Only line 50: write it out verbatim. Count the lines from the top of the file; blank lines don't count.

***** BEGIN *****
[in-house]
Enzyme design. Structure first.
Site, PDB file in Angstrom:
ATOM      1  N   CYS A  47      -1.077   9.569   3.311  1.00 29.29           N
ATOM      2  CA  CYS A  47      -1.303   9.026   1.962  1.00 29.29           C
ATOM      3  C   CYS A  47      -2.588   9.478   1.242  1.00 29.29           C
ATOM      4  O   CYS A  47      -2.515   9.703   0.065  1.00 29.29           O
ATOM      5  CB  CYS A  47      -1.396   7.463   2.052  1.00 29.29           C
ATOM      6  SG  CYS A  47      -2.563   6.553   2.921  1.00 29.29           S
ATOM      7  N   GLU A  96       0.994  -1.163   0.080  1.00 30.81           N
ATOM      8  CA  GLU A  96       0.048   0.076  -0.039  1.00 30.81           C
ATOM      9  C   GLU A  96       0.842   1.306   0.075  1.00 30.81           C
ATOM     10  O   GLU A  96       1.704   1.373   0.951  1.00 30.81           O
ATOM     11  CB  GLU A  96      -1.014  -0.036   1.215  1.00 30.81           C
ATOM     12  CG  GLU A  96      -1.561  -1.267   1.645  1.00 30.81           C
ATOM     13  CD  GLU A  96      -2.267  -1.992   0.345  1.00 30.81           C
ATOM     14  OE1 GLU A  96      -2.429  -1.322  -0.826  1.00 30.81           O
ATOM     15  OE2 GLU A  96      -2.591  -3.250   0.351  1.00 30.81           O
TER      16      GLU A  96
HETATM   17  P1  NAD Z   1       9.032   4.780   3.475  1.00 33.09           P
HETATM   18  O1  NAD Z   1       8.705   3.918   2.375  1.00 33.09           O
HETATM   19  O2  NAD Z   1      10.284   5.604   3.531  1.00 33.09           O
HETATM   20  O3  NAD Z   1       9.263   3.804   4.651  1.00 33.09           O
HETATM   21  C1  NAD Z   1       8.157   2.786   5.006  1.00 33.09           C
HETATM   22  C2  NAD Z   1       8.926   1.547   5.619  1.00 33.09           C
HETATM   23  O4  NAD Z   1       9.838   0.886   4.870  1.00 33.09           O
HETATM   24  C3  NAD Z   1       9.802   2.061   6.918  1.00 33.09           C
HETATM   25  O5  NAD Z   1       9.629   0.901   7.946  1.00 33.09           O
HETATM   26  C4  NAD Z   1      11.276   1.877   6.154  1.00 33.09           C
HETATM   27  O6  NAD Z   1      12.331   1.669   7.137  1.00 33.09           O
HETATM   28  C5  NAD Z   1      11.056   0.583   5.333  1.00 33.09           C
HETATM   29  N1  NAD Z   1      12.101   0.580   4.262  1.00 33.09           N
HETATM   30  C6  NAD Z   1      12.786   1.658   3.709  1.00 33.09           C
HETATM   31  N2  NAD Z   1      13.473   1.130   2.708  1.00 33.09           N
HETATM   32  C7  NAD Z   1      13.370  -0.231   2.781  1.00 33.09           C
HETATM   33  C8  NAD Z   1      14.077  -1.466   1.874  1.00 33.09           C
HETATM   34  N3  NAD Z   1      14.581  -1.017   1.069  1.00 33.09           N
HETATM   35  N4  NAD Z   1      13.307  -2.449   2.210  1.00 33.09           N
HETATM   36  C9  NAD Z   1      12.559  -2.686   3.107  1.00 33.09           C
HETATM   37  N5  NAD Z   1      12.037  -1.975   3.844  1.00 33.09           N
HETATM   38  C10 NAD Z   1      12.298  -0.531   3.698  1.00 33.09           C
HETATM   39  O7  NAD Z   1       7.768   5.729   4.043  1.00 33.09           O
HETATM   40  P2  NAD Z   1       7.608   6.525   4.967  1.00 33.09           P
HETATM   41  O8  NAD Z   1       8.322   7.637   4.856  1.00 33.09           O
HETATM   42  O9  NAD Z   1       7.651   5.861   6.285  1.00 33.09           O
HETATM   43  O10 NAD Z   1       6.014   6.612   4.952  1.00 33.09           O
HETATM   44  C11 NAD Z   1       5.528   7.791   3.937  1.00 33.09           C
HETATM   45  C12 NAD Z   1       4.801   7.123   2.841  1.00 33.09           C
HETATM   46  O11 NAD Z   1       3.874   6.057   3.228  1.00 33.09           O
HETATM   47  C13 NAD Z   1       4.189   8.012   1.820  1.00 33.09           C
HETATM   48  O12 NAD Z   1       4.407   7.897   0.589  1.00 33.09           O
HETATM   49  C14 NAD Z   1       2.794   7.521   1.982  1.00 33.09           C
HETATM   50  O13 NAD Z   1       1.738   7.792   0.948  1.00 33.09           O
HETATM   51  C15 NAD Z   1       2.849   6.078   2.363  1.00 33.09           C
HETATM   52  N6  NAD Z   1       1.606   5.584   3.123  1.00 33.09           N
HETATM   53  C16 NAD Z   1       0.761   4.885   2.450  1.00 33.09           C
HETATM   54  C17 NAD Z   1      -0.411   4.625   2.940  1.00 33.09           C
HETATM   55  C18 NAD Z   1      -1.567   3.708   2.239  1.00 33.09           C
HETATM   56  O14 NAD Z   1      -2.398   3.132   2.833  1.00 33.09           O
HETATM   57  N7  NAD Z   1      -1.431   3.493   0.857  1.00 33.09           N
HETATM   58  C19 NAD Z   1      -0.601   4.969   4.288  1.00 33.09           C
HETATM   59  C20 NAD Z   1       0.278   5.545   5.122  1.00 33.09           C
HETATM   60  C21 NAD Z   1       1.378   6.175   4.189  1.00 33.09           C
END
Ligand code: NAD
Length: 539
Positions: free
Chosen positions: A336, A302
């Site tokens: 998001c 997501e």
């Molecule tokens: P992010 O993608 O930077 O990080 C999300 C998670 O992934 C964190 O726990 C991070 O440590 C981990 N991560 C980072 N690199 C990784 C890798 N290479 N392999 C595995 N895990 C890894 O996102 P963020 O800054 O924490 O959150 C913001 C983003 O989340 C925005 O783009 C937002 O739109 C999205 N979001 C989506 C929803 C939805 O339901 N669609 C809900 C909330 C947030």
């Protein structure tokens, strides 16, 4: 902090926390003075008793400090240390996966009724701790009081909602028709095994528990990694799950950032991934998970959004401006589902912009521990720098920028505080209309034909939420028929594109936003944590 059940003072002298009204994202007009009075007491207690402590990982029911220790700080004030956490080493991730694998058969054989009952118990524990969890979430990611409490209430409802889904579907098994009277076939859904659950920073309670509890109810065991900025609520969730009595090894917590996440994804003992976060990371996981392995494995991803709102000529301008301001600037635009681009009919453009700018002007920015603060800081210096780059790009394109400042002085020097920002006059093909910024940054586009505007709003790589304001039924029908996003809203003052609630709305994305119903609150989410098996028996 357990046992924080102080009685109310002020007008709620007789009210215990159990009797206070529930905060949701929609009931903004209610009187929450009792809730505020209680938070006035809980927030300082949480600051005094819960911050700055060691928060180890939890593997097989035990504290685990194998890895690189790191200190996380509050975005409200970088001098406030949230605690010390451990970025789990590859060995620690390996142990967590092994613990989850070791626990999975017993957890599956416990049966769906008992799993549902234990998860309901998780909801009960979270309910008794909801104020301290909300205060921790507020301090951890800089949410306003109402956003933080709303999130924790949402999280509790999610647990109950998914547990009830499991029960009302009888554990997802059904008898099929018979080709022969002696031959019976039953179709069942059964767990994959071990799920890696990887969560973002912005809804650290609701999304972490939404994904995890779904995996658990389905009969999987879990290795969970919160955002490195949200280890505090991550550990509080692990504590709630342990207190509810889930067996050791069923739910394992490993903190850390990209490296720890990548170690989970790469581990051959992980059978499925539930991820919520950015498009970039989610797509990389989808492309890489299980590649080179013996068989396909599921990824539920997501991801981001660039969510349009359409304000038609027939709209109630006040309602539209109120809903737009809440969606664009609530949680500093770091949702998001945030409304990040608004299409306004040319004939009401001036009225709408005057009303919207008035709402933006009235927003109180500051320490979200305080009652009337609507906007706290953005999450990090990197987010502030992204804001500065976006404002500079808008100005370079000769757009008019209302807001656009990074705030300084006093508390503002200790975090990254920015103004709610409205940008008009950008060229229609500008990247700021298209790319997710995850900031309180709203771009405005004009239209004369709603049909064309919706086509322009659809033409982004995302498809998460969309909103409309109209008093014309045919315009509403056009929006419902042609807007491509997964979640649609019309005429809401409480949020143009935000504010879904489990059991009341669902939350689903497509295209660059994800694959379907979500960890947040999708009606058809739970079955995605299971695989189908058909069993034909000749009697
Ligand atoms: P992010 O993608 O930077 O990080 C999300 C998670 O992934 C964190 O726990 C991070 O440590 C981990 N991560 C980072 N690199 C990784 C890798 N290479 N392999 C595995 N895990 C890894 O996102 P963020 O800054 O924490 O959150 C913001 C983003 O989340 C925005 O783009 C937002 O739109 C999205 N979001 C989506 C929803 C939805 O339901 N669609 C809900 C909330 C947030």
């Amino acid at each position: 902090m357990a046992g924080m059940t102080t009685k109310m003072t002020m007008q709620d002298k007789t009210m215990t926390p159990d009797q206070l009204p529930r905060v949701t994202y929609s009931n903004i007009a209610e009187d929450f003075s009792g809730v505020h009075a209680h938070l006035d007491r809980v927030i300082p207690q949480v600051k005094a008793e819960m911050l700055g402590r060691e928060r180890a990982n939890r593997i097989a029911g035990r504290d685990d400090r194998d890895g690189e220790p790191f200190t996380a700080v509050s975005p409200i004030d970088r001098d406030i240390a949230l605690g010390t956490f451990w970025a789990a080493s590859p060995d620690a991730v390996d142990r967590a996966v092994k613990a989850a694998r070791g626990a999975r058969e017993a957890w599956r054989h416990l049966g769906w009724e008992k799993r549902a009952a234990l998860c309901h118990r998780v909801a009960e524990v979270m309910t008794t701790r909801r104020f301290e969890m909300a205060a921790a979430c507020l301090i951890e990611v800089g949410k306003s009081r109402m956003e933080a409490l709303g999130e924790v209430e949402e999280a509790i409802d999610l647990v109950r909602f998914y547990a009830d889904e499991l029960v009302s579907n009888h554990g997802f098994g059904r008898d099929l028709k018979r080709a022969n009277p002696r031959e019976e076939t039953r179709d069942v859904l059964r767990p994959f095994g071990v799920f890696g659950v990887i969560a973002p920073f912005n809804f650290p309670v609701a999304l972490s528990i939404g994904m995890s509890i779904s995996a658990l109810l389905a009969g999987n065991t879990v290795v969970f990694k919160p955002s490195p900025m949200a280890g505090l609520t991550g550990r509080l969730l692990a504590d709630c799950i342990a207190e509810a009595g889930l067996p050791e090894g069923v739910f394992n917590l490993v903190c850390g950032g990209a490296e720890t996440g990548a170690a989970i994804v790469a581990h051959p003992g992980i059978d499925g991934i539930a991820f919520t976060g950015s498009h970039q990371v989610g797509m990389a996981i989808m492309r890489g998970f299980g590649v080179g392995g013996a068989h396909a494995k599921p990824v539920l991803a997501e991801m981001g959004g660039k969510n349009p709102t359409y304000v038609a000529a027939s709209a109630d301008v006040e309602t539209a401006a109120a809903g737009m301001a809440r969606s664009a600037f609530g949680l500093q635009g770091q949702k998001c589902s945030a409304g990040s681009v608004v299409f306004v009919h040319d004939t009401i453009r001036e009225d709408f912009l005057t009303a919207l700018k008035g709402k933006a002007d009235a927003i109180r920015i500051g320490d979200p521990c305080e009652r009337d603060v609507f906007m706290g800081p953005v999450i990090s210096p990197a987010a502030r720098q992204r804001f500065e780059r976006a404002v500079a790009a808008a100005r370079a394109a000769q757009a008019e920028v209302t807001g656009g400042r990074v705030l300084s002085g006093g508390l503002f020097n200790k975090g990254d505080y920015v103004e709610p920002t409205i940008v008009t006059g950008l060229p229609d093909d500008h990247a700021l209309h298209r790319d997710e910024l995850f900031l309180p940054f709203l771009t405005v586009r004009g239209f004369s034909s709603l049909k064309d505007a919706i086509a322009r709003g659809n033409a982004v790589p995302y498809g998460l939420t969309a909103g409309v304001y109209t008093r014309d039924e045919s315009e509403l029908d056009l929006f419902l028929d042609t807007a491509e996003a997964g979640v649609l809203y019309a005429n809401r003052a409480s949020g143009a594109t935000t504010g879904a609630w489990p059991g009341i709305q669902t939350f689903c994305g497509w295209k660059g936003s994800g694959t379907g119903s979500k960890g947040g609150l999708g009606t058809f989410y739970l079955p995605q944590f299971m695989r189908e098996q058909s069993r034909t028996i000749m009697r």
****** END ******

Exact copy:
HETATM   47  C13 NAD Z   1       4.189   8.012   1.820  1.00 33.09           C